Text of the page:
The time security saw me as a threat to a new civil rights hero
I was a security threat to Bree Newsome at the Wild Goose Festival.
On Saturday, July 11, with the festival almost over, word got around: Newsome would be speaking that night. My first thoughts were: How am I going to reach an editor when there’s no cell service in this damned valley? Who’s going to lend me a laptop? Can I get enough of a Wifi signal to file a story from the café in Hot Springs? This was news, and I’m a reporter.
But that’s not all I was. I’ve been performing music at Wild Goose since 2012. Last year, I read excerpts from my spiritual memoir and interviewed my friend Scott Bass. This year, my band had a set on the main stage, and a few hours after Bree Newsome’s appearance, we were scheduled to host an “AcoustaGoose” jam session in the same tent where she spoke.
At Hot Springs Resort, there’s a lot of distance between the parking, the stage areas, and the far reaches of the campground. Between daytime presentations I’d wanted to hear, I’d had to retrieve our merch case from the car, along with my brother’s little brown faux leather box containing small percussion instruments. I’d had to replenish copies of my book and CDs at the sales tables just a few tents down, and, rather than lug our stuff all the way back to our campsite, I decided to stow it—in what I didn’t know would soon serve as Newsome’s green room.
That’s how I became a potential danger to the woman being depicted as Wonder Woman after climbing a 30-foot pole to capture the flag. Both Newsome and her co-conspirator James Ian Tyson had already noticed suspicious vehicles lurking outside their homes in Charlotte. That’s why staff delayed announcing their visit, and they still almost declined. The festival’s health and safety contractor, F.L.O.W. Event Services, provided an eight-person security team. F.L.O.W. founder R. “Aslan” Cray, appropriately nicknamed with his red beard, dreadlocks and protective vocation, assured me no one was afraid of festival-goers but rather of anyone who might infiltrate the grounds.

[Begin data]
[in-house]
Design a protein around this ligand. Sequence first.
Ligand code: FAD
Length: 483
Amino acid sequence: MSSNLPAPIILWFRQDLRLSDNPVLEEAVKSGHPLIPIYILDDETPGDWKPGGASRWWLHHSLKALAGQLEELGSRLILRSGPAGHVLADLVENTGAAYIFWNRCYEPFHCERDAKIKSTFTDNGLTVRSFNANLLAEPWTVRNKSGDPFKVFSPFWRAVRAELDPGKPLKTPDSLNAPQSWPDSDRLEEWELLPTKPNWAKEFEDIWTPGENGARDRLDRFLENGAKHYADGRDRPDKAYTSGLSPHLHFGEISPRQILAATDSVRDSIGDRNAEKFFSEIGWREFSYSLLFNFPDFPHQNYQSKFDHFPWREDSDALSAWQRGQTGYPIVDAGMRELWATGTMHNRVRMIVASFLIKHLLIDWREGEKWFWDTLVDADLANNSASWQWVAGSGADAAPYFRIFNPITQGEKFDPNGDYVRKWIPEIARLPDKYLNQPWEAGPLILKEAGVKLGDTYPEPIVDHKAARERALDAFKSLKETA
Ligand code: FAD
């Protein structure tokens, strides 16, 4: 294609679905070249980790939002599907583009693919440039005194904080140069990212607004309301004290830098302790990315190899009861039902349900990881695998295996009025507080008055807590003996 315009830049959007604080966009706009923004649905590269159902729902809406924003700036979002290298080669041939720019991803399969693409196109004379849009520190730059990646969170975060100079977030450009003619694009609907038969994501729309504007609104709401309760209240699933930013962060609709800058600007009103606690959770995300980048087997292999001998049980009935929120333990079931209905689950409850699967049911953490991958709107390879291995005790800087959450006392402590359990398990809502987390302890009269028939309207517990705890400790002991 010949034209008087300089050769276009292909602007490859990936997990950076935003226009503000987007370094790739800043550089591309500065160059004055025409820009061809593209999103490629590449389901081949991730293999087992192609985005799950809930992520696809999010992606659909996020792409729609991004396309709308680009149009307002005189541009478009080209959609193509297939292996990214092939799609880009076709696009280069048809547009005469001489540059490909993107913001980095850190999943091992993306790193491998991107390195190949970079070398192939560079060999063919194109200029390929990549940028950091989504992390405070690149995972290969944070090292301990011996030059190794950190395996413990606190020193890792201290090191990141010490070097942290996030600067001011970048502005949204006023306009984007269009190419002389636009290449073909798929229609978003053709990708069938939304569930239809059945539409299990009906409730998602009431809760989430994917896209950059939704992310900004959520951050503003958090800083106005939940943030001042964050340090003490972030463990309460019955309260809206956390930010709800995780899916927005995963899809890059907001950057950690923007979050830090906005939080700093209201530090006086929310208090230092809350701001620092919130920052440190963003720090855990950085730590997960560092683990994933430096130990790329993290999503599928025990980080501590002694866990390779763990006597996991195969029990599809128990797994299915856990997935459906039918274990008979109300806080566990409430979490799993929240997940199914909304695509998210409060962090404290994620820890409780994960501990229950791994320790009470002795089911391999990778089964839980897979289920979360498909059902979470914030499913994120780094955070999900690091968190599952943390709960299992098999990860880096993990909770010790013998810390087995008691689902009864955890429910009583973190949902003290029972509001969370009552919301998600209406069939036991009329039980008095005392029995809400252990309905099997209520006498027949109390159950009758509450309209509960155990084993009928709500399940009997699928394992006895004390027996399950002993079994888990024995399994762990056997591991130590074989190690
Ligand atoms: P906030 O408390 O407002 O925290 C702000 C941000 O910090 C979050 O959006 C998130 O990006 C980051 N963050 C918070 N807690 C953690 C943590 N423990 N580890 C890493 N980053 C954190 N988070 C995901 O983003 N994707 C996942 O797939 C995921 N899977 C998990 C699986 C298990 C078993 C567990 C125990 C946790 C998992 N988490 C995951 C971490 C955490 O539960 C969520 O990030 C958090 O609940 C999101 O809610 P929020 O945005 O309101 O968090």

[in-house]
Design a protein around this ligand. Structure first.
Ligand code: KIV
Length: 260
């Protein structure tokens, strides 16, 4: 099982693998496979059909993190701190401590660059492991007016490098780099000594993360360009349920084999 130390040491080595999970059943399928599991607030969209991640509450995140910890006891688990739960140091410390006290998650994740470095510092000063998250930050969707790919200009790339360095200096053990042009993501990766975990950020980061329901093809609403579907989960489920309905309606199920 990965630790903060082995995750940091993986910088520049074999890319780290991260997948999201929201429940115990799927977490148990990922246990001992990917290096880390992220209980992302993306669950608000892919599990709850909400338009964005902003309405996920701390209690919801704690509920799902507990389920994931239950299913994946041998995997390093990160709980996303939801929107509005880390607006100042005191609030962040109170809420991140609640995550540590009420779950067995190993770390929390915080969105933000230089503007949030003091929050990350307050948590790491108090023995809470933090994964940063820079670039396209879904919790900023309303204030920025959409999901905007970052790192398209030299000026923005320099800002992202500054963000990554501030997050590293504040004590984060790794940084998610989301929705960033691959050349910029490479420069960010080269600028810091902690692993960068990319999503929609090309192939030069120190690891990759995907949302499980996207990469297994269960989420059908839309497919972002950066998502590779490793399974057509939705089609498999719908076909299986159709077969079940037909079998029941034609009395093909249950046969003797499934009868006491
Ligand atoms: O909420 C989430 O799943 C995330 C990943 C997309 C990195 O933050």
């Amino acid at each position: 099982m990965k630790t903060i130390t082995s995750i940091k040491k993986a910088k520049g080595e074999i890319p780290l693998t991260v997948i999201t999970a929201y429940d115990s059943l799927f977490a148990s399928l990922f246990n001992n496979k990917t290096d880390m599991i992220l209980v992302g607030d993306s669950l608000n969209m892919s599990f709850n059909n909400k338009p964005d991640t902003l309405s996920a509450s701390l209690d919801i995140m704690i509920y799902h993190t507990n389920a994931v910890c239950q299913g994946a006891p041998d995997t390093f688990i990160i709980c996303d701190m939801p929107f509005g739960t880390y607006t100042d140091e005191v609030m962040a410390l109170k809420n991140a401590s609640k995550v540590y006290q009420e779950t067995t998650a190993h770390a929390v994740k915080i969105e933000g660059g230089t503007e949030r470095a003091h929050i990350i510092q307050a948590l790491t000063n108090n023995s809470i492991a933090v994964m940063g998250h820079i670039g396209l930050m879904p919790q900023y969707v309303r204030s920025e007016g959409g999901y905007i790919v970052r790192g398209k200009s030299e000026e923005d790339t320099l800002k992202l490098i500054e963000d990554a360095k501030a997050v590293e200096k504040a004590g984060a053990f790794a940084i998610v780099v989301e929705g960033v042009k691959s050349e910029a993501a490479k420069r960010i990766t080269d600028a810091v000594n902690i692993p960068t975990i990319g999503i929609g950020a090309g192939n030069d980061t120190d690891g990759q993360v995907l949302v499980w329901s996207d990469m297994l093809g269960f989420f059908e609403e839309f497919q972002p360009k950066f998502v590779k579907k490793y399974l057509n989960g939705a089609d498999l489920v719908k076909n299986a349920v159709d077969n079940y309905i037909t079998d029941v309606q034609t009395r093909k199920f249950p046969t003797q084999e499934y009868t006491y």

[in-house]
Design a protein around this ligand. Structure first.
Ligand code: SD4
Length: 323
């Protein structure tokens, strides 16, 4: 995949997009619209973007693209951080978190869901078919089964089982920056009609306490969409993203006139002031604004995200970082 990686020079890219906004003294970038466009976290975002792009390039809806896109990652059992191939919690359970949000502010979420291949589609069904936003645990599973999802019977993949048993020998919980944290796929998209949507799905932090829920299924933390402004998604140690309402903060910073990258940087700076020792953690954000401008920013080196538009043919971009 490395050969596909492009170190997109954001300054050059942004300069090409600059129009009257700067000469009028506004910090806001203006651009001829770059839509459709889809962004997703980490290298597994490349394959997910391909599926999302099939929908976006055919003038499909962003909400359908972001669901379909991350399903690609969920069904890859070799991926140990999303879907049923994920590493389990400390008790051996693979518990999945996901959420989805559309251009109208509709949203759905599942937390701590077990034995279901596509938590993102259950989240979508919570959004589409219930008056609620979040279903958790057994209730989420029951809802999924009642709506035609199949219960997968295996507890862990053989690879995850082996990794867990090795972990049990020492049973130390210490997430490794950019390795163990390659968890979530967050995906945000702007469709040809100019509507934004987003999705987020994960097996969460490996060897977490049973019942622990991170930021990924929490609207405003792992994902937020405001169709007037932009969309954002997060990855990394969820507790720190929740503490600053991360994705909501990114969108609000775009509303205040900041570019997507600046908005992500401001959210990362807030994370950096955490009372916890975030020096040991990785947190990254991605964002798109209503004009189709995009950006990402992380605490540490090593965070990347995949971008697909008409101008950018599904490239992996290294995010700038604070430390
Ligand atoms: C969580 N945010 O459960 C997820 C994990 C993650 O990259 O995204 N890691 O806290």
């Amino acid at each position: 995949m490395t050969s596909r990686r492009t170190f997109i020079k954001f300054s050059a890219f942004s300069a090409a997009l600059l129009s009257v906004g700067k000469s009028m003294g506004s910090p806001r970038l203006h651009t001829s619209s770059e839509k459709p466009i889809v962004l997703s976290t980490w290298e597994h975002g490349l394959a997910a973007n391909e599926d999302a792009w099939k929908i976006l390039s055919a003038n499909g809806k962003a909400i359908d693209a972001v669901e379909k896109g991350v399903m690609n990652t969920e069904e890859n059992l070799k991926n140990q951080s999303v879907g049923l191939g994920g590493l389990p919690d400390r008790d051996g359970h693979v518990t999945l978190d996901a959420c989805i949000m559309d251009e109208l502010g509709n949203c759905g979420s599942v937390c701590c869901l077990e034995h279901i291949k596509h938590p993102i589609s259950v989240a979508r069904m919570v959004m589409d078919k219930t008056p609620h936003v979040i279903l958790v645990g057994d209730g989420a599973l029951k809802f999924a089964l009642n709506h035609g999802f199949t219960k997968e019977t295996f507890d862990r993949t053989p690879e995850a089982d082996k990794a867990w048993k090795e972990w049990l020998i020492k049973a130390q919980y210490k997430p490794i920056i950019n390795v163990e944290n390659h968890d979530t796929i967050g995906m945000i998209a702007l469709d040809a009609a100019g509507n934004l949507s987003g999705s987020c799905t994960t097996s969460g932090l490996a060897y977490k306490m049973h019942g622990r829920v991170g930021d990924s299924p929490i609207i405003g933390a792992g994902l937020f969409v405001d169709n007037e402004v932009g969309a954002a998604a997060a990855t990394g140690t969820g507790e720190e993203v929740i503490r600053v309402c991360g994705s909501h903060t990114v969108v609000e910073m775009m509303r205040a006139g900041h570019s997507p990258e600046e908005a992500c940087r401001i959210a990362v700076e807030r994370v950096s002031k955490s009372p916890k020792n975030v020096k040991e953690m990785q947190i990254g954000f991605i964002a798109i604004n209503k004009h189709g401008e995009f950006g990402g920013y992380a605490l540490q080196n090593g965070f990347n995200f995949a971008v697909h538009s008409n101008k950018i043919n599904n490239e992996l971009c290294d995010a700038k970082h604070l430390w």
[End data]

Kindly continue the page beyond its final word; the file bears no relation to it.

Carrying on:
Still, the team was suspicious of our vintage blue suitcase and oddly small gear box. Why were they there? We weren’t around to explain. Might they contain some kind of explosive devices? They moved our stuff to the woods.
“Just to be on the safe side,” said stage manager Tommy Brown.
Who knows if Newsome and Tyson had reason to fear? My wife and I did notice a Confederate flag displayed on a home along Highway 25, just a few miles east of Hot Springs. We also saw one on I-40 heading back toward Winston-Salem Sunday, not long before William Barber would appear there at an ecumenical worship service on the eve of the U.S. District Court’s hearing of a lawsuit challenging North Carolina’s newest voting laws. This Confederate icon was no small sticker affixed to the back of a window but a full-sized banner flying from a pole mounted in the middle of a pick-up bed. Other festival-goers reported seeing a flag posted just across the French Broad River from the resort, but also in places they never did before in their hometowns, some kind of protest against the South Carolina legislature’s removing the statehouse flag for good.
I confess: Seeing that flag whipping in the 70 m.p.h. draft made me mad enough to think about running that pickup truck off the road.
Of course, I would never do such a thing. I sit on the sidelines of activist demonstrations, watching, observing. My journalist training makes it hard for me even to sing or shout along, let alone do anything really crazy.
I had a brush with a new civil rights hero, but I can’t pretend I was at the festival as anything other than a teller of stories. I’m not a cheerleader. Objectivity’s a myth, and I still try to practice it. (Some of you might take the same approach to religion). During our music set, where other artists used between-song banter to say something inspiring, I just quipped about how terribly Facebook functions if what you want is thoughtful spiritual or political discourse.
Maybe I’m an anti-activist. (My book is subtitled, “Some Thoughts on NOT Changing the World.”) We journalists are trained to stand above the fray, to provide some sort of God’s-eye view. But something Newsome’s human step-stool said is sticking in my craw. “As a white Southerner I’m taught to be silent in the face of racism,” said Tyson, who grew up as a Presbyterian.
What is respectable and what is right are two very different things. Your silence is doing violence. As white people, we’re the ones who perpetuate white supremacy. … Even if you lose friends from telling the truth, you’re being held and cherished by God all the time.
Tyson pointed out that the proper, Southern gentleman was also the slaveowner. I wonder if there’s an analogy with us journalist types: What a privilege, what a luxury, to not have to get involved, to not have to feel, if we don’t choose to.
After my Newsome story came out, I got a Facebook friend request from Wild Goose board president Jeff Clark. (Obviously, he wasn’t listening to my on-stage rant about Facebook.) I guess that makes me a full-fledged insider now. But Jeff should still look at me with suspicion. I might not always be on his team. While I’m not a terrorist, I am a journalist.